Protection of Human Subjects Regulations

Studies that are supported by federal funding must comply with 45CFR46, Protection of Human Subjects [26]. Subpart A of this regulation is the basic Department of Health and Human Services Policy for Protection of Human Research Subjects, and contains basic protections for human research subjects participating in clinical research. Expedited review for studies that represent minimal risk to study subjects is possible under this regulation. Federal regulations require that IRB give special consideration to protecting the welfare of particularly vulnerable subjects, such as children, prisoners, pregnant women, mentally disabled persons, or economically or educationally disadvantaged persons. Institutional Review Board approval is necessary and ensures that risks are minimized and reasonable with benefits to subjects of study participation. Institutional Review Boards' ensure that subject selection is equitable, require informed consent for studies, review protocols to ensure safety and subject confidentiality, and ensure protection of vulnerable subjects. Many IRBs follow federal regulations on the conduct of studies in pregnant women.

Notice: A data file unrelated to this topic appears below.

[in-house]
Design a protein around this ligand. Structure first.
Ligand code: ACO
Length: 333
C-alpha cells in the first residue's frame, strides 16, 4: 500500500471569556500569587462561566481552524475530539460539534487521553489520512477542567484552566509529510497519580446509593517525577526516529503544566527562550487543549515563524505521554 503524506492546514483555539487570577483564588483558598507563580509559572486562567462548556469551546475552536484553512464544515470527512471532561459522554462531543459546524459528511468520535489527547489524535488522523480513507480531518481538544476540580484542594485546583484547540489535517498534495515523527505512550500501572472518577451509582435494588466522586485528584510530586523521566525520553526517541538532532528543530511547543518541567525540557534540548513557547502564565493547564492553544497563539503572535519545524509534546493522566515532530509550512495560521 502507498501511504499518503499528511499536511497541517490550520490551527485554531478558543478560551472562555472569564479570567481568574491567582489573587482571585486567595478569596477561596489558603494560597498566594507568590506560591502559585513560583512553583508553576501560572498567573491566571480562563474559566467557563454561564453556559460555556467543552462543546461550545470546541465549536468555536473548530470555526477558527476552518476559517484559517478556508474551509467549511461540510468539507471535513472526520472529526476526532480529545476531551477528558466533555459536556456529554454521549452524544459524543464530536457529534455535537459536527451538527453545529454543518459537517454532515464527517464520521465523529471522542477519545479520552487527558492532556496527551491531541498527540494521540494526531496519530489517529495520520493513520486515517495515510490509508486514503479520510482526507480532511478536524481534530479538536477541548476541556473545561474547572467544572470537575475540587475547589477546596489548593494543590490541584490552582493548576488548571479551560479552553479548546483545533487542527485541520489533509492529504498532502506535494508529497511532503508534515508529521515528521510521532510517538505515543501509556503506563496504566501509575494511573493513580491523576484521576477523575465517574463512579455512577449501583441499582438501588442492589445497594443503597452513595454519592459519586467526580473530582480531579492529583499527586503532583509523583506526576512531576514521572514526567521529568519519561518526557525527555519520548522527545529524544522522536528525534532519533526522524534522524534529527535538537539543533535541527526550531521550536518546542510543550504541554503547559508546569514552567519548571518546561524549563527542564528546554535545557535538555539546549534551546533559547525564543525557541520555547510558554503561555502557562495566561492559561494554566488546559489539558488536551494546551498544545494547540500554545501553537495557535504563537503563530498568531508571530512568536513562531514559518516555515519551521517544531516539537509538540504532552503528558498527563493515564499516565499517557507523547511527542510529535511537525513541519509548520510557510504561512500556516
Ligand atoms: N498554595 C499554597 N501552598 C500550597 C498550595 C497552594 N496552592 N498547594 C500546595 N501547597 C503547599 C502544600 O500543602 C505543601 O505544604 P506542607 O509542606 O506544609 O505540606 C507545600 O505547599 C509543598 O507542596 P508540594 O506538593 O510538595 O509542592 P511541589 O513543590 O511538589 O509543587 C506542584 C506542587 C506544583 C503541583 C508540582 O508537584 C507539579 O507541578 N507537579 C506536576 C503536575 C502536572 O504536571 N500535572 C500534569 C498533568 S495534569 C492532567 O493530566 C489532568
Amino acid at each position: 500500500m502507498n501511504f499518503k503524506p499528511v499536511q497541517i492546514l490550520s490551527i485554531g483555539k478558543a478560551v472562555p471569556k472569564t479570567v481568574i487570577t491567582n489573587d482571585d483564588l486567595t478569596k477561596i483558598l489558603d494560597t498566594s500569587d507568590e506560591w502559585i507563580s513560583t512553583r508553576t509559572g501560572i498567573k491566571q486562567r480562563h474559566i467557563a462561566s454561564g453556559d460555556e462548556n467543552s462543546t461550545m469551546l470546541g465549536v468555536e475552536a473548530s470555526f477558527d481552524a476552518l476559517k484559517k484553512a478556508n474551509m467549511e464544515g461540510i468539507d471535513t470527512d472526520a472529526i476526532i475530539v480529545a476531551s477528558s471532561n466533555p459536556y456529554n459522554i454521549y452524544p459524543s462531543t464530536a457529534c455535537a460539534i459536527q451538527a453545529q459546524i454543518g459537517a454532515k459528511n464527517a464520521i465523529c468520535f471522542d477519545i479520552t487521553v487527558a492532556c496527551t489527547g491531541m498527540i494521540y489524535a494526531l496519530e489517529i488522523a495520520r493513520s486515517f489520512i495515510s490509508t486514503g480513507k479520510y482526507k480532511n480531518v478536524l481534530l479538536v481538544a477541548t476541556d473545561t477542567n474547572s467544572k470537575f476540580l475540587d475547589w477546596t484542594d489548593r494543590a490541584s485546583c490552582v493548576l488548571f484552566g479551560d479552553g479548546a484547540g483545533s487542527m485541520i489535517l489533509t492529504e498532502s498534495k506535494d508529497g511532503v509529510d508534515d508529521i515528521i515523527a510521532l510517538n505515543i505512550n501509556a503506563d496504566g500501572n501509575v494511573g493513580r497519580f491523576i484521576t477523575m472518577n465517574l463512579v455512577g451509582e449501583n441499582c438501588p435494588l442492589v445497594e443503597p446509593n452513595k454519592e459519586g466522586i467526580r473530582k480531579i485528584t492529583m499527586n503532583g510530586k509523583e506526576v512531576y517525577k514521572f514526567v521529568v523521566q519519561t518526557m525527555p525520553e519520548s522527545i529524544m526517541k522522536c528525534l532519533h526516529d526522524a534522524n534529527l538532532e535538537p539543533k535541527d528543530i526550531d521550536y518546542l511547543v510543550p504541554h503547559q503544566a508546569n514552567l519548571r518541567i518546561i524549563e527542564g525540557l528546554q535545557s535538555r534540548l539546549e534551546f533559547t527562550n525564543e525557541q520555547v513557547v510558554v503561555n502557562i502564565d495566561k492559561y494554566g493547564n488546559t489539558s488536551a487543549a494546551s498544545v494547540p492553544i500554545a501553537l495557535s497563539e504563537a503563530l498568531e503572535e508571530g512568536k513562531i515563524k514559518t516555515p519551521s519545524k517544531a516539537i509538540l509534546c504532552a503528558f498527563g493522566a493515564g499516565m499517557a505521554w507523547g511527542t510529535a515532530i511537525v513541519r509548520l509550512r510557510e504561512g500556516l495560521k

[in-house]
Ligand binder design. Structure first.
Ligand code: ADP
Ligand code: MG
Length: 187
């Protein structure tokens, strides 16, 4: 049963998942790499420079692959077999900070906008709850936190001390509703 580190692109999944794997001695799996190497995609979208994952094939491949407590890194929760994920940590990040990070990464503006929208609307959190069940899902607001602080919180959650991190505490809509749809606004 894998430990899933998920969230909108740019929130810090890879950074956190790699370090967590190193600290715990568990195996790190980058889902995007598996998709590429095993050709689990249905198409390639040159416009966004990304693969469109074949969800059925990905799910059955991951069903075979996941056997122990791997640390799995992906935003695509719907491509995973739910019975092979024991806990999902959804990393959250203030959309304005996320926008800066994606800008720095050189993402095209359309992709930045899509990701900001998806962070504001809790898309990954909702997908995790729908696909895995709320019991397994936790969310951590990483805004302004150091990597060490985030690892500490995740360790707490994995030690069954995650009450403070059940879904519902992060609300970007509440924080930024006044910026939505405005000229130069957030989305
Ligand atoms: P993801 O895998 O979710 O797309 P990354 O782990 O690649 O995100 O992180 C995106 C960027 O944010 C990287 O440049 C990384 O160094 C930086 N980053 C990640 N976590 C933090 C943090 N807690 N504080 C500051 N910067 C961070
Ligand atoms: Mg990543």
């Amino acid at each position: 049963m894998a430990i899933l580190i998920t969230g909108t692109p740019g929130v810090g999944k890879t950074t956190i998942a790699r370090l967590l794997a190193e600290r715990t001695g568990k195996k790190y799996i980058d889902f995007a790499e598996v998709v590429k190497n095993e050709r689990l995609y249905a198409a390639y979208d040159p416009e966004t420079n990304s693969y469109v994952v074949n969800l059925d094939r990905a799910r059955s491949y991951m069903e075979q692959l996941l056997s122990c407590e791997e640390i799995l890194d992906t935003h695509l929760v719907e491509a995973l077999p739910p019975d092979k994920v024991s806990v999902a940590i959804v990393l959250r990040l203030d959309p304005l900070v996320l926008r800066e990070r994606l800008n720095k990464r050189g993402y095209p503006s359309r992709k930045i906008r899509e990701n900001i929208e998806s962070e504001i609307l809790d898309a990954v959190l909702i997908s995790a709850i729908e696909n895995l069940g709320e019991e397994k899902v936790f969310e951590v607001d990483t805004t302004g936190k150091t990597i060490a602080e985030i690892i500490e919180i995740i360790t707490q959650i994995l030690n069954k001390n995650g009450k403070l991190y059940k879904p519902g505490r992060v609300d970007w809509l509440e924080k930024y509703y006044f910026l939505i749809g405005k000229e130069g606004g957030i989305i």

Subpart B of this regulation, modified in 2001, is critical to conducting studies in pregnant women and contains additional protections for human fetuses, pregnant women, and human in vitro fertilization (Table 3).

According to Subpart B, pregnant women can give informed consent and engage in research studies if (1) studies have been conducted on animals and nonpregnant women; (2) research meets the health needs of the mother and the risk to the fetus is the minimum necessary or minimal risk; and (3) research benefits the mother, fetus, or general knowledge. In general, maternal consent is all that is necessary for the participation of pregnant

TABLE 3 Protections of Human Subjects Regulations Pertaining to Pregnant Women

Benefits of study Consent required

General knowledge Maternal only

Maternal health Maternal only

Fetal health Maternal & paternal women in studies. However, for studies that benefit only the fetus, both maternal and paternal consent are required for maternal participation in such studies.

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